Opera Australia Blog

Cheat Sheet: Turandot

Famous for the wonderful aria ‘Nessun Dorma’, Turandot has plenty more gorgeous music. Here’s everything you need to know.

Who was the composer? 


Giacomo Puccini. Born in Tuscany in 1858, Puccini is an Italian composer who took Verdi’s crown as the most prominent composer of Italian opera in his day. Renowned for his love affairs, Puccini left a trail of broken hearts across Italy, but also left us music-lovers 10 beautiful operas, three of which are regularly in the top 10 of operas performed around the world.

What makes Puccini Puccini?

Puccini’s music is sweeping, uplifting, enchanting and always intensely moving. His real genius, however, was to combine that music with stories about ordinary people.

The composer himself once said his success was due to putting “great sorrows in little souls”.


What happens in the story?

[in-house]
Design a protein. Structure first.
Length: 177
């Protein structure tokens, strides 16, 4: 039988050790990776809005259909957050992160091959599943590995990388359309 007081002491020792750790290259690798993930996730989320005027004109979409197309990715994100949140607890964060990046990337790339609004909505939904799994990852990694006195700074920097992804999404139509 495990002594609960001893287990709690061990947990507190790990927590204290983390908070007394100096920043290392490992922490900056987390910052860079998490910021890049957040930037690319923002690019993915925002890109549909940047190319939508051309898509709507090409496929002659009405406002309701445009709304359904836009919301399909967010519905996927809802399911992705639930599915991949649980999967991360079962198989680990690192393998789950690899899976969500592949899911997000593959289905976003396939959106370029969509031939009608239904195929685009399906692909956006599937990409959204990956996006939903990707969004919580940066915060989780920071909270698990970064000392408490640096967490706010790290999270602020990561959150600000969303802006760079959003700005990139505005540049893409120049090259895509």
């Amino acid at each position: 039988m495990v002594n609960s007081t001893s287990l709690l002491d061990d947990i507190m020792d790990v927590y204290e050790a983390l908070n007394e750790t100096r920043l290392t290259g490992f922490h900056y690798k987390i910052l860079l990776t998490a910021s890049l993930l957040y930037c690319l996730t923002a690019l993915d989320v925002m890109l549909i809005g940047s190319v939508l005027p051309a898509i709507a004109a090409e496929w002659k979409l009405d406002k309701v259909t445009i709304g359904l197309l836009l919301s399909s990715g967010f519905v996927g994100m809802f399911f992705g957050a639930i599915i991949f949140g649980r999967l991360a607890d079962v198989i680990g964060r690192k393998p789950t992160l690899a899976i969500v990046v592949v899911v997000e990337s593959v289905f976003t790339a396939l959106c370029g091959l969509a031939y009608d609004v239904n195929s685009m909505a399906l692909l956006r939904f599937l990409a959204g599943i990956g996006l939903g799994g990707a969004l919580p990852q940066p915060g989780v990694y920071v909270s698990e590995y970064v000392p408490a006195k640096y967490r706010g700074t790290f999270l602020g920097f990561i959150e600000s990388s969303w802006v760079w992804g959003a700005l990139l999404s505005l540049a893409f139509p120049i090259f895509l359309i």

Turandot is a beautiful and brutal princess, who challenges her many suitors to answer three riddles on pain of death. No one has ever succeeded.

Calaf is a brave, selfish prince from a different land, who watches the princess behead a rival suitor and falls instantly in love.

Despite the wishes of his exiled father and the pleas of a slave-girl who loves him, he rings the gong and declares his suit to the princess.

She presents her riddles, and in triumph, the unknown prince answers. Turandot despairs and the prince takes pity – offering the ice-cold princess a riddle of his own. But Calaf’s riddle risks more than his own life – everyone else’s hangs in the balance.


Who are the main characters?

Opera Australia's 'Turandot'. Photo credit: Branco Gaica.

Opera Australia’s ‘Turandot’. Photo credit: Branco Gaica.

Turandot – Princess of Peking